All the world is nuts about
Since 2004, he has catered for organizations such as Farm Sanctuary, Southwest College of Naturopathic Medicine, Google, and Frank Lloyd Wright and has served his food at the Paramount Studios lot in Hollywood, California. Chef Wyrick was featured on ABC's Sonoran Living Live and on the front page of the food section in the Arizona Republic and the Forth Worth Star-Telegram. He has been a contributor to Edible Phoenix and was chosen as vegcooking.com's October, 2005 Chef of the Month.
In addition to catering, he regularly teaches vegan cooking classes across the Southwest with occasional classes in Texas and California and regular classes in Phoenix and Sedona. He has taught with Dr. Neal Barnard of the Physician's Committee for Responsible Medicine, Dr. John McDougall, and with Dr. Gabriel Cousens of the Tree of Life. He has also been a guest instructor at the Scottsdale Culinary Institute and is the first vegan instructor in the world to be featured in the Le Cordon Bleu program. In addition, Chef Wyrick also edits The Vegan Culinary Experience, the world's only vegan culinary magazine. He specializes in making vegan cuisine both delicious and accessible.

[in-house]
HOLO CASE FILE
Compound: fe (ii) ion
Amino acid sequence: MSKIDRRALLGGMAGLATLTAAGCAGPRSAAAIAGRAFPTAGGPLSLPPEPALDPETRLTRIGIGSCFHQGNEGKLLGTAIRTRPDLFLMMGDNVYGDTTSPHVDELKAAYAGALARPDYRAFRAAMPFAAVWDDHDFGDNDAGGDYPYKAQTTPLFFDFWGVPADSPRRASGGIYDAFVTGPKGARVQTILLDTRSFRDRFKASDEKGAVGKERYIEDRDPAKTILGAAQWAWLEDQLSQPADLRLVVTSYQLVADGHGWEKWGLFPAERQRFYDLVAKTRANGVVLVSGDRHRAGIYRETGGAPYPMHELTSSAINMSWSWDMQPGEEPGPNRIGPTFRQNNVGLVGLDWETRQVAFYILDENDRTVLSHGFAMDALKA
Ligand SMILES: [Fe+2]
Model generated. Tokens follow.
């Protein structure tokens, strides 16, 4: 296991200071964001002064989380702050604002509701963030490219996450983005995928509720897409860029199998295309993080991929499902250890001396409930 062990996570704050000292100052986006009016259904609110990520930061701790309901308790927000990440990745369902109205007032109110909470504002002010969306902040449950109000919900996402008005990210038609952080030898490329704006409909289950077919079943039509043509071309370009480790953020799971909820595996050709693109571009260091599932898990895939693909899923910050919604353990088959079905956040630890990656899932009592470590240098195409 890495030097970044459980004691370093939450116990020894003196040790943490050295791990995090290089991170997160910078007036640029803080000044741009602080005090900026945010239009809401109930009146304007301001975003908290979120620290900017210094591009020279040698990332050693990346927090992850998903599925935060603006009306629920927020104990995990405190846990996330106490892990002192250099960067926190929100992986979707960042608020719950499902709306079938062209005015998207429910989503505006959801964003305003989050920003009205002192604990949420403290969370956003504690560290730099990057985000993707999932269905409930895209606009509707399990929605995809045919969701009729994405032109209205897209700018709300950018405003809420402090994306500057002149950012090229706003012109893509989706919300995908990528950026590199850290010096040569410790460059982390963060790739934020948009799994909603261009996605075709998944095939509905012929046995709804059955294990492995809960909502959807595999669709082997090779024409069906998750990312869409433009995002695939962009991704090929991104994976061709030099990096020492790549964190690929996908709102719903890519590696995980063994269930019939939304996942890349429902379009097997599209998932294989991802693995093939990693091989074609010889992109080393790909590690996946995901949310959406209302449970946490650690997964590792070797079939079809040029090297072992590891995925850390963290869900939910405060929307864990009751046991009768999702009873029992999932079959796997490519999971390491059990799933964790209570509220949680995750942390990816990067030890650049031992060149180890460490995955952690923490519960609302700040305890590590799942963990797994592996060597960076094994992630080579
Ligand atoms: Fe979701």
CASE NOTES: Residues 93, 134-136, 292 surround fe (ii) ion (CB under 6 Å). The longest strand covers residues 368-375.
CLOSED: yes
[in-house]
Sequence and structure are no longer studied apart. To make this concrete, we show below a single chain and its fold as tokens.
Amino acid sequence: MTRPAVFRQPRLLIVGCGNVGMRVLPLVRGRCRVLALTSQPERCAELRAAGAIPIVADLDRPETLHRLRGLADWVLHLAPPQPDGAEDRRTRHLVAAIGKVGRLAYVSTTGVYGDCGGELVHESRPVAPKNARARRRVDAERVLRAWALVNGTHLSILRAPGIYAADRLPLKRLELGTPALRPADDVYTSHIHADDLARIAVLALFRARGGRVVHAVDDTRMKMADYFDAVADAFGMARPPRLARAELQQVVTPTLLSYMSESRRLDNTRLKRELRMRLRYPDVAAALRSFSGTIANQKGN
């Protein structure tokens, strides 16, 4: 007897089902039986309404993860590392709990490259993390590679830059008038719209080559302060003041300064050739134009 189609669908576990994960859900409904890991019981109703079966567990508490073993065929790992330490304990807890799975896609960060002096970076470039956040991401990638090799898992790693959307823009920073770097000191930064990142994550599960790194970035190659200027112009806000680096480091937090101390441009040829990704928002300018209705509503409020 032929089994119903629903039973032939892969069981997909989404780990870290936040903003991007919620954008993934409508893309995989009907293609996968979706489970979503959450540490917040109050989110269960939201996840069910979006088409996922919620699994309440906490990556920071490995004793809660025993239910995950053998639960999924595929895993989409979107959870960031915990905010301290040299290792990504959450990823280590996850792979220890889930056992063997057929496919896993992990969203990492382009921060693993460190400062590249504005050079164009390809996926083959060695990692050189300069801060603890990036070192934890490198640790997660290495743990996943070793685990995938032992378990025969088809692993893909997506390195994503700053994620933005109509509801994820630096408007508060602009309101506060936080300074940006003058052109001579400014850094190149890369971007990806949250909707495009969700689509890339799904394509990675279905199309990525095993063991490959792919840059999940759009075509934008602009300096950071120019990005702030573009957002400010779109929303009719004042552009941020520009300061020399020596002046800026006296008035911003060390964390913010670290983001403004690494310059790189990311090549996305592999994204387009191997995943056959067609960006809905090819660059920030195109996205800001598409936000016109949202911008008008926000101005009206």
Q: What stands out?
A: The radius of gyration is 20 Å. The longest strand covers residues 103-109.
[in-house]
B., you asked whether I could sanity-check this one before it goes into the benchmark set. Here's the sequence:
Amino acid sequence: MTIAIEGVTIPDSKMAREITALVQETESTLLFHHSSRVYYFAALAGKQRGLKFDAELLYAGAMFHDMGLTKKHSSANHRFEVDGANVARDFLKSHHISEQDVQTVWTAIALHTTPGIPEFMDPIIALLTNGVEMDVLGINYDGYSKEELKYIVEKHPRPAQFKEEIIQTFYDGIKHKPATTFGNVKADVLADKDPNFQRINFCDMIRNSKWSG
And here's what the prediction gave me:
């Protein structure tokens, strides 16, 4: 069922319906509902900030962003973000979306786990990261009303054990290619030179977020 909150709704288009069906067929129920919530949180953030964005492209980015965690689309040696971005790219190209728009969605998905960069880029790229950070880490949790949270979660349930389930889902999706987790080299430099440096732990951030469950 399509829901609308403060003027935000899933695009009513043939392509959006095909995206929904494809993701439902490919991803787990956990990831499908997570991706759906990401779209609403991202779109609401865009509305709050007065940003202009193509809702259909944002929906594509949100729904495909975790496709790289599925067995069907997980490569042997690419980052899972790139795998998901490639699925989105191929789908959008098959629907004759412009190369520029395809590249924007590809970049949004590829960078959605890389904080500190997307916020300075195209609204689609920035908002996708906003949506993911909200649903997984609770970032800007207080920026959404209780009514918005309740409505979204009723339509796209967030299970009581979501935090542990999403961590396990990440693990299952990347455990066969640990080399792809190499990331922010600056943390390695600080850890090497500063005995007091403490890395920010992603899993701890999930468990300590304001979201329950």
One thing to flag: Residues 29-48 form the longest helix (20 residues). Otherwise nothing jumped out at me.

By Jason Wyrick
1. Serve hearty food.
A smoked portabella mushroom with a sun-dried tomato tapenade is way more appealing than a bean sprout and avocado wrap. Not that I have anything against those, but I know my meat-eating friends would do the wrap a nod and a smile and then run out to the nearest Burger King as soon as they made their escape from my dining table. Serving a hearty dish, that is to say, one that has a deep, dark, rich taste and a filling quality like the portabella mushroom example above, will leave your guests satisfied and addresses one of the primary concerns meat eaters have when dining at a vegetarian table.
2. Be bold!
I sometimes liken eating meat to having a strobe light flashed in one's face. It's hard to notice the contours of light and shadow in a room in such an intense environment and likewise with taste, it's hard to notice the subtlety of flavor that many vegetarian meals carry. Choose something that's going to cut through the strobe-light effect and make your diners jump out of their seats with surprise, delight, and ecstasy. Using chili peppers is a wonderful way to accomplish this, as are caramelized onions, roasted garlic, cumin, fresh peppercorns, smoked paprika, dark herbs like thyme, oregano, and marjoram, and salt. Since meats are generally well salted, your meat- eating diners will be accustomed to saltiness.
3. Avoid meat substitutes (especially tofu), unless the recipe is amazing.
Vegetarian cuisine is certainly good enough to stand on its own, though when a mock meat is used, particularly tofu, it usually doesn't taste as good to the meat eaters. These styles of food often leave guests thinking that perhaps you do, in fact, miss eating meat! Fortunately, if you've got a bold, hearty food at the table, you won't need the meat substitute at all. I have discovered a couple caveat recipes, however, like my barbecued shredded seitan, which is always a winner. I think a large part of that has to do with the fact that it is disguised in an incredible barbecue sauce. Regardless, some recipes like that simply bust the rule.